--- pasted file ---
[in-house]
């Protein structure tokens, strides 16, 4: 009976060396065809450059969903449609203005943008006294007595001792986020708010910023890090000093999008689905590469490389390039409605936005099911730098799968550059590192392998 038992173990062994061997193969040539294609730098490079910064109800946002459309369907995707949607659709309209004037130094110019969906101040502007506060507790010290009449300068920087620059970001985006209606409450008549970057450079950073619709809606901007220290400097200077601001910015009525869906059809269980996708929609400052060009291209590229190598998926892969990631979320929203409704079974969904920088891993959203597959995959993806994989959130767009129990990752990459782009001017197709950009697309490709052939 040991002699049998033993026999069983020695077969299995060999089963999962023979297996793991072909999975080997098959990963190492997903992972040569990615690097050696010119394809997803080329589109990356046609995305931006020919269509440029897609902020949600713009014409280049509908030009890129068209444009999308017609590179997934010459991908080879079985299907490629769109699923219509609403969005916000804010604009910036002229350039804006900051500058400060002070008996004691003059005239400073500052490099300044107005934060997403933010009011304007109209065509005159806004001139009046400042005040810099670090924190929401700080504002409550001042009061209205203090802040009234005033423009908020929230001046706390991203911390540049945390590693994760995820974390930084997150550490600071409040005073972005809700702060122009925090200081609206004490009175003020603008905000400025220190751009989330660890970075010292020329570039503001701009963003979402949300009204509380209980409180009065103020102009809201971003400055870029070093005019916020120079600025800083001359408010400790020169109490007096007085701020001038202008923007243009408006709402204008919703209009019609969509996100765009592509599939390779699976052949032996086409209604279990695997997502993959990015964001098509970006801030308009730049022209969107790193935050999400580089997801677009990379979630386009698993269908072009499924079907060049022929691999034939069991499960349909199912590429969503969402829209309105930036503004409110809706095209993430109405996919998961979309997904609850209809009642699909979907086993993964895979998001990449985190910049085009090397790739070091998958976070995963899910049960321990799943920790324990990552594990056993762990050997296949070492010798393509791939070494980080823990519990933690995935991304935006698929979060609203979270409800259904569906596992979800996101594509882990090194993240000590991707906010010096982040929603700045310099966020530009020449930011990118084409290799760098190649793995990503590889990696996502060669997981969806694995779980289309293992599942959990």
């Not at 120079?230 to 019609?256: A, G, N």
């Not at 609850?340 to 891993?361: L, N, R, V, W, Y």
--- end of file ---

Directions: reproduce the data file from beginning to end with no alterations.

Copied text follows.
[in-house]
């Protein structure tokens, strides 16, 4: 009976060396065809450059969903449609203005943008006294007595001792986020708010910023890090000093999008689905590469490389390039409605936005099911730098799968550059590192392998 038992173990062994061997193969040539294609730098490079910064109800946002459309369907995707949607659709309209004037130094110019969906101040502007506060507790010290009449300068920087620059970001985006209606409450008549970057450079950073619709809606901007220290400097200077601001910015009525869906059809269980996708929609400052060009291209590229190598998926892969990631979320929203409704079974969904920088891993959203597959995959993806994989959130767009129990990752990459782009001017197709950009697309490709052939 040991002699049998033993026999069983020695077969299995060999089963999962023979297996793991072909999975080997098959990963190492997903992972040569990615690097050696010119394809997803080329589109990356046609995305931006020919269509440029897609902020949600713009014409280049509908030009890129068209444009999308017609590179997934010459991908080879079985299907490629769109699923219509609403969005916000804010604009910036002229350039804006900051500058400060002070008996004691003059005239400073500052490099300044107005934060997403933010009011304007109209065509005159806004001139009046400042005040810099670090924190929401700080504002409550001042009061209205203090802040009234005033423009908020929230001046706390991203911390540049945390590693994760995820974390930084997150550490600071409040005073972005809700702060122009925090200081609206004490009175003020603008905000400025220190751009989330660890970075010292020329570039503001701009963003979402949300009204509380209980409180009065103020102009809201971003400055870029070093005019916020120079600025800083001359408010400790020169109490007096007085701020001038202008923007243009408006709402204008919703209009019609969509996100765009592509599939390779699976052949032996086409209604279990695997997502993959990015964001098509970006801030308009730049022209969107790193935050999400580089997801677009990379979630386009698993269908072009499924079907060049022929691999034939069991499960349909199912590429969503969402829209309105930036503004409110809706095209993430109405996919998961979309997904609850209809009642699909979907086993993964895979998001990449985190910049085009090397790739070091998958976070995963899910049960321990799943920790324990990552594990056993762990050997296949070492010798393509791939070494980080823990519990933690995935991304935006698929979060609203979270409800259904569906596992979800996101594509882990090194993240000590991707906010010096982040929603700045310099966020530009020449930011990118084409290799760098190649793995990503590889990696996502060669997981969806694995779980289309293992599942959990």
């Not at 120079?230 to 019609?256: A, G, N």
């Not at 609850?340 to 891993?361: L, N, R, V, W, Y």